And arguably, enforcement would be a hellish thing, like enforcement of “not coveting.” Again arguably, socialist societies were founded on 100% “charitable giving,” whereby nobody owns anything except his jacket, his toothbrush, and the next day’s rations. The result was rife with corruption (which I’d argue is intrinsic to any authoritarian system, which necessarily includes any one that attempts to enforce “morality”), but also horrible outcomes such as mass starvation. I think we can take it as read that nobody wants to live in a society like that. Many would say, though, that we can enforce a basic level of charity, up to some minimal living standard, without going to such extremes. Others would reply, with equal sincerity, that what we need is an entirely different approach to charity than one based on enforcement.
But this leaves me open to being accused of “capitalist values” that the “Bible condemns.” An unfair accusation, since I don’t value wealth as an end in itself, don’t consider gain to be godliness, and do believe that everyone from the richest to the poorest should be held accountable for his or her actions. And I’d like to see all that turned into a quotable byte suitable for a Facebook image.
Not only are you quotable – but that one is particularly relevant. Straw man makes some good points in reply. But we discover in our age as in the past that the wheels of enforced justice move slowly and the courts are jammed. There is a better way than enforcement – but it doesn’t fit the self-protective paradigm that capitalism requires. It requires a self-giving paradigm.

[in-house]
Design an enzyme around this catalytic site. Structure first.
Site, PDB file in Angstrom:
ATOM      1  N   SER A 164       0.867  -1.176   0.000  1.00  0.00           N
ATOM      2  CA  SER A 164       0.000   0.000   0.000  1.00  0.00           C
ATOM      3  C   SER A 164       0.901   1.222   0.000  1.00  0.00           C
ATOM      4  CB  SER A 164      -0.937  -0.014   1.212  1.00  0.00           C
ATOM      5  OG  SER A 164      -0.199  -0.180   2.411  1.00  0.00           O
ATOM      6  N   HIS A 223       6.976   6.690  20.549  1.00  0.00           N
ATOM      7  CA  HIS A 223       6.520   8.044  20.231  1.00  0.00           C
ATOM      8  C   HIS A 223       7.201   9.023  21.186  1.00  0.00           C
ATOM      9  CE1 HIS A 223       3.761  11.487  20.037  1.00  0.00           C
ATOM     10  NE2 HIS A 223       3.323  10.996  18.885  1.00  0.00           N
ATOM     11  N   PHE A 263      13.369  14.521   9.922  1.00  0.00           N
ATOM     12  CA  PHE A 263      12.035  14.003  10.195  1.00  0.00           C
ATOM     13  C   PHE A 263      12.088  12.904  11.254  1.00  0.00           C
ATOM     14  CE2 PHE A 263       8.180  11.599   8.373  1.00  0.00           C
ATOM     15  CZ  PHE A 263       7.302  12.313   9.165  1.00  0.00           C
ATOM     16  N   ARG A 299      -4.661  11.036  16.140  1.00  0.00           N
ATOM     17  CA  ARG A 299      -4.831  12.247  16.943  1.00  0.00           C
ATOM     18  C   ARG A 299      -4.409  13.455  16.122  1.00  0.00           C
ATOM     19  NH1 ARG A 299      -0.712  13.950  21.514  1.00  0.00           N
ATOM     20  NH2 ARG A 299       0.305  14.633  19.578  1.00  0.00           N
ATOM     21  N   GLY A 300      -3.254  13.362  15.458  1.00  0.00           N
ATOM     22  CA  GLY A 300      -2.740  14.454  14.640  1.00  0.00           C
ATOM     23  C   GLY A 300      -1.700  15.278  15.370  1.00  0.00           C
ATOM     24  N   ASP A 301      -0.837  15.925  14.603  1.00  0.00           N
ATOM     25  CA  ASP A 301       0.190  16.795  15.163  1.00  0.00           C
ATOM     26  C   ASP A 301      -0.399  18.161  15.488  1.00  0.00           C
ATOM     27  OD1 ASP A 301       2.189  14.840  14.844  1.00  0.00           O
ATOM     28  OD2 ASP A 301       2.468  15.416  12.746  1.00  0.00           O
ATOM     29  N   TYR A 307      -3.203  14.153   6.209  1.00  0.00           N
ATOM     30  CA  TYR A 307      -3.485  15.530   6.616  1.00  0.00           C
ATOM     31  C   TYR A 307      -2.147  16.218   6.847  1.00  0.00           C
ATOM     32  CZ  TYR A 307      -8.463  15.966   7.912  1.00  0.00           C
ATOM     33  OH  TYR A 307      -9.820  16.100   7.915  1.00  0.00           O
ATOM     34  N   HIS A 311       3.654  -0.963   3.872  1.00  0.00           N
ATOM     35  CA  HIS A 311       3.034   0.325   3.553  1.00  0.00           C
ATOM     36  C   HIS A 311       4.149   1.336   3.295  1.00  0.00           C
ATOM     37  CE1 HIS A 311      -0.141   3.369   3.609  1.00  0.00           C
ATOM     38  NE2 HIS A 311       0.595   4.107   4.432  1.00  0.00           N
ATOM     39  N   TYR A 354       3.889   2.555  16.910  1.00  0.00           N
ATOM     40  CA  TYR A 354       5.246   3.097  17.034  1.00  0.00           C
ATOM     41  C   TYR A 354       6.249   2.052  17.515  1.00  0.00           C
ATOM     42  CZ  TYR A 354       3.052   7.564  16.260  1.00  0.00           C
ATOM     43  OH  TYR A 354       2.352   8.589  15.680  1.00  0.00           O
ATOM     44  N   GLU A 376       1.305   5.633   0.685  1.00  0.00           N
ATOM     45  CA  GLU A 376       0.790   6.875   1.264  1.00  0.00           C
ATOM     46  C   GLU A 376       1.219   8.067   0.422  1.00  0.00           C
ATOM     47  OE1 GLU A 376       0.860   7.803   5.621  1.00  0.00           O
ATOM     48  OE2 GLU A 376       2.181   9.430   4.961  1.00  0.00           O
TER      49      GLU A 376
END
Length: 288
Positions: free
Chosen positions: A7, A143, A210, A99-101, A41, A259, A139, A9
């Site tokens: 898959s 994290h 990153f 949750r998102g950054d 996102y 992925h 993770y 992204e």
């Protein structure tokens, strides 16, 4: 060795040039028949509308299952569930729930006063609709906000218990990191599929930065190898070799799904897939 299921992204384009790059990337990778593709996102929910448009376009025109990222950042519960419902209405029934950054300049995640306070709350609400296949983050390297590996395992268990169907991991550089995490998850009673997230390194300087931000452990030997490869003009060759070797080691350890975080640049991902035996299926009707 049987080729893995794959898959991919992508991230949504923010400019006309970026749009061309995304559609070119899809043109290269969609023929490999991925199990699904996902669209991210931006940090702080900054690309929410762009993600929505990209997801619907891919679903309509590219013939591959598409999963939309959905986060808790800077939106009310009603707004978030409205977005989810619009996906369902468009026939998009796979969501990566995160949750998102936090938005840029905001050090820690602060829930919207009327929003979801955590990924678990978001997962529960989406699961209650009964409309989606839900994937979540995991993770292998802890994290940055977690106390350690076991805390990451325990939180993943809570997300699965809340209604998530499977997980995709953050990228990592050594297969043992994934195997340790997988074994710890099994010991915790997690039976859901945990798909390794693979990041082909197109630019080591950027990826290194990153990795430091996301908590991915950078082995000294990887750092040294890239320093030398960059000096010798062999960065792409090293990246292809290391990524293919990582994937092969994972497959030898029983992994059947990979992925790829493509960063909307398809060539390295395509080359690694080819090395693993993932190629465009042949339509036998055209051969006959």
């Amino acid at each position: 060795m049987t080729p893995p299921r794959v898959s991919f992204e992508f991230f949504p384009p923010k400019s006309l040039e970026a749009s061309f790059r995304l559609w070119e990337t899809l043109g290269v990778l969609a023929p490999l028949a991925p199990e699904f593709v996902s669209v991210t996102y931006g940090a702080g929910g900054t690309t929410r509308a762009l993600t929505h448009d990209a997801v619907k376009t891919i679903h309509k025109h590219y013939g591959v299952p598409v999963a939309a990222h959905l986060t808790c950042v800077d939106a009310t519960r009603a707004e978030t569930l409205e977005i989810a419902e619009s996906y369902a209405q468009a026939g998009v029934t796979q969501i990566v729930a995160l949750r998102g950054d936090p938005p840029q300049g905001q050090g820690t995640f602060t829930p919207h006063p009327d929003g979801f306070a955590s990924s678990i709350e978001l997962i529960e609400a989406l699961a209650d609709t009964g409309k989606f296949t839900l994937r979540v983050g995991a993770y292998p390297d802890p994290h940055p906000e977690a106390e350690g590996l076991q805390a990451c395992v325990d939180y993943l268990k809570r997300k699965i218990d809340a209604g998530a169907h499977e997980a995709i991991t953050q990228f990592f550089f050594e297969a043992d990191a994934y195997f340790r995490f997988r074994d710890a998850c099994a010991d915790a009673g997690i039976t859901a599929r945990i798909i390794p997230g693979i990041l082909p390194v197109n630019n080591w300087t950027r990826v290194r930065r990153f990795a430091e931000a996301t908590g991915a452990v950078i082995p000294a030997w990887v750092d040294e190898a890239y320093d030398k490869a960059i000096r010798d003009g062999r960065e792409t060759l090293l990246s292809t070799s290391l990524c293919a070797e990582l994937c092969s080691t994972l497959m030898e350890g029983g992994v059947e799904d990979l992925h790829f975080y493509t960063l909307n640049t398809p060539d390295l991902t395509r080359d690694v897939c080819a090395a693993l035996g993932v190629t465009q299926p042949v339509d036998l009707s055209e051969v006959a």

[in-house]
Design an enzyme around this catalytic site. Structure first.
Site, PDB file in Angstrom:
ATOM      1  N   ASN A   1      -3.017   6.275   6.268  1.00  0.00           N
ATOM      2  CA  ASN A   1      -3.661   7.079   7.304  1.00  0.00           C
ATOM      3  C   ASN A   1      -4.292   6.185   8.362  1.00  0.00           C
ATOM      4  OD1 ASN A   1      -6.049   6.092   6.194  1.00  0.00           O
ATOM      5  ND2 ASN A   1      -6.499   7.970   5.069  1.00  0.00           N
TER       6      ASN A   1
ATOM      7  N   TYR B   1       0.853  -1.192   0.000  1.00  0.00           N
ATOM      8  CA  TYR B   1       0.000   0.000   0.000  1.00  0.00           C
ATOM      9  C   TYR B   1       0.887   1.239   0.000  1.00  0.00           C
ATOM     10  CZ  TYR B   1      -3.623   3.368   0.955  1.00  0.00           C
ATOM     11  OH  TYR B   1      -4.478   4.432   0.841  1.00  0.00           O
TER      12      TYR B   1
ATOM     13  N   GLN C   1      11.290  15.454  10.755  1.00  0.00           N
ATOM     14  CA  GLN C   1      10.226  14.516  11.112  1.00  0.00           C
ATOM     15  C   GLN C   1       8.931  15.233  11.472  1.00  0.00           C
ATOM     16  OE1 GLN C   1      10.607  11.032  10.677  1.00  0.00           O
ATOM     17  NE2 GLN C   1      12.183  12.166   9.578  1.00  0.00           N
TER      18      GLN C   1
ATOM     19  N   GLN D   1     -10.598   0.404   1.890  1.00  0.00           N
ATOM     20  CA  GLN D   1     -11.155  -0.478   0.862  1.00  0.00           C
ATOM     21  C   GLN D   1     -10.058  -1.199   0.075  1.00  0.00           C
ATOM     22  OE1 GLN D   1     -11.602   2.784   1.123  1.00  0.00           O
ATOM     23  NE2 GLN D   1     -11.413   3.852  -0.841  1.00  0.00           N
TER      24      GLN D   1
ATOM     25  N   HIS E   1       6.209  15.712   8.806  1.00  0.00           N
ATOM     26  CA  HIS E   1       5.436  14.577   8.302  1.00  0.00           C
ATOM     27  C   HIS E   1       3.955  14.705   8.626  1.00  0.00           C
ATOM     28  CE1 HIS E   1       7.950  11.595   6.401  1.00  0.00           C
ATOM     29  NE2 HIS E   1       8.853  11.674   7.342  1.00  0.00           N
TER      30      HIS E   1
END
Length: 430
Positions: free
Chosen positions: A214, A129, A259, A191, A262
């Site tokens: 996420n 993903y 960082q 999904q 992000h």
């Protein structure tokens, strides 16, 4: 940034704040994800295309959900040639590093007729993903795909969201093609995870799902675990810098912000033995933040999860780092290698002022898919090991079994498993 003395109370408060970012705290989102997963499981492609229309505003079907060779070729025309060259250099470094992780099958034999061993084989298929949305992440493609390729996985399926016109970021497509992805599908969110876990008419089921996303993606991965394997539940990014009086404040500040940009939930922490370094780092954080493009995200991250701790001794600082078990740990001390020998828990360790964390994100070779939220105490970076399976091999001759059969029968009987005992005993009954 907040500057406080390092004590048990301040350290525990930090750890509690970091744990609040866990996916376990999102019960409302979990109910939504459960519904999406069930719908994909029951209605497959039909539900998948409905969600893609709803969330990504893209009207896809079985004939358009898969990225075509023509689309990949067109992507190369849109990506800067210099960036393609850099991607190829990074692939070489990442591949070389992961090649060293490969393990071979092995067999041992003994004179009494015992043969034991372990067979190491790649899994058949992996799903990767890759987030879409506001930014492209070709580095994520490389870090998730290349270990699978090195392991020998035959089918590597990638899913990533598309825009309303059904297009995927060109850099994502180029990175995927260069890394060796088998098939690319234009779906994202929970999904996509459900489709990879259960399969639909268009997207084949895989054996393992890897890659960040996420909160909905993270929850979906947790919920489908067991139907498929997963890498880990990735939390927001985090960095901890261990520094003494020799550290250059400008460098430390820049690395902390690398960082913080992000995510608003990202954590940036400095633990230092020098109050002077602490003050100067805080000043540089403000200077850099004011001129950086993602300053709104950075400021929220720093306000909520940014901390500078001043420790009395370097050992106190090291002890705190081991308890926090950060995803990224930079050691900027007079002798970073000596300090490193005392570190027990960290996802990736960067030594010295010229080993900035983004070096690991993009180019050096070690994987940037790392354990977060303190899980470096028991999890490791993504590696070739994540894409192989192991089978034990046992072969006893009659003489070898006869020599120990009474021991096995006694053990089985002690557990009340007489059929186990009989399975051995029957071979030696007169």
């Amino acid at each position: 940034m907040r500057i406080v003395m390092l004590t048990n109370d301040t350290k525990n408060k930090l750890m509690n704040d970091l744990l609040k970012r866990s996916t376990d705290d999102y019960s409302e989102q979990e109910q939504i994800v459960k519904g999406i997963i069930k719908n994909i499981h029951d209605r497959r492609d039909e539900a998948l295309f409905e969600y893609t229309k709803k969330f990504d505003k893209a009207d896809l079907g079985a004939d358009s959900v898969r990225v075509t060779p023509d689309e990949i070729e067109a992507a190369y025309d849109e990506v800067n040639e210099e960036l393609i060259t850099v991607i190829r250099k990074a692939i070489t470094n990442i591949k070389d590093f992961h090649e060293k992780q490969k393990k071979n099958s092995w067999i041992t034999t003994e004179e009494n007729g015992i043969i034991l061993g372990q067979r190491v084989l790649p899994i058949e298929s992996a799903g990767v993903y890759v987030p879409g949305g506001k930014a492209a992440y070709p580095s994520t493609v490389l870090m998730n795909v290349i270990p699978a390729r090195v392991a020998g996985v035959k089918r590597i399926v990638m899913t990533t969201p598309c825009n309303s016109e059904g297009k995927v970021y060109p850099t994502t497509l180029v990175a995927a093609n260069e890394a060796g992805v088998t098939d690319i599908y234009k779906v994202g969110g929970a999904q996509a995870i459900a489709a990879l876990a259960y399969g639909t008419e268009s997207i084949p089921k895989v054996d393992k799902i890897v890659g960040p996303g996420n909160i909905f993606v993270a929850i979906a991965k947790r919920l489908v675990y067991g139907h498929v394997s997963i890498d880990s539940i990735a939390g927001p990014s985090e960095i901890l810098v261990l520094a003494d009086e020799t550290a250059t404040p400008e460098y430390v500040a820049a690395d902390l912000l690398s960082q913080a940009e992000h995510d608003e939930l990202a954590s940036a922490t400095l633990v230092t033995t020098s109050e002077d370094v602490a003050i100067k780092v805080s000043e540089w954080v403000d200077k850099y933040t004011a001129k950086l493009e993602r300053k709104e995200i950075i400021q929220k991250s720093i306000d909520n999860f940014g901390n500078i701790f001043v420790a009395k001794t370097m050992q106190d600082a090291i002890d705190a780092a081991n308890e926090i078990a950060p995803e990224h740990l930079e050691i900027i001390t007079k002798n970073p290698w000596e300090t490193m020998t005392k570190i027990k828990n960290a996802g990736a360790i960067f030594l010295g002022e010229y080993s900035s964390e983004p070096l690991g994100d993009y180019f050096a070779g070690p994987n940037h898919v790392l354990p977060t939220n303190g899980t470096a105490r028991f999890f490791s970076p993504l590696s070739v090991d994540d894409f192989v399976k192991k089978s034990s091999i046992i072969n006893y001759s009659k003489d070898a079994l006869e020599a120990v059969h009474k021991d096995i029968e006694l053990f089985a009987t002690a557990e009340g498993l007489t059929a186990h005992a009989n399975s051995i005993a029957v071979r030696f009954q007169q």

“Christians Against the Tea Party?” This must be an Irony-Free Zone.
I let the Rick Warren thing slide, Dr. McG. I didn’t and don’t think it’s right to spin it back on him in any respect. ‘Twas you who pulled the Brian Ross on this—Rev. Warren is blameless.
As for America’s “capitalist values,” I don’t know about that. “Capitalism” to its critics means Wall Street parasites; to its defenders it’s the Protestant work ethic and liberty as the necessary means for human flourishing.
BTW, your idea on time-travelling tourists is brilliant: unfortunately in Robert Silverberg’s 1969 “Up the Line.”
Silverberg’s narrative includes some cleverly worked out details about the problems of time-travel tourism. For example, the number of tourists who over the years wish to witness the Sermon on the Mount has increased the audience at the event from the likely dozens to hundreds and even thousands.
Cheers, sir. Now I shall leave you in peace, until the next time you breach it. 😉
It’s my custom to sign my real name to what I write—I got caught up in the commenting protocol as “tomlosangeles.”
Best regards, Tom Van Dyke
I am not used to this!
Oh, please. Just a few years ago people were talking about “James McGrath: The Only True God.” Surely being quoted is a come-down from divinity.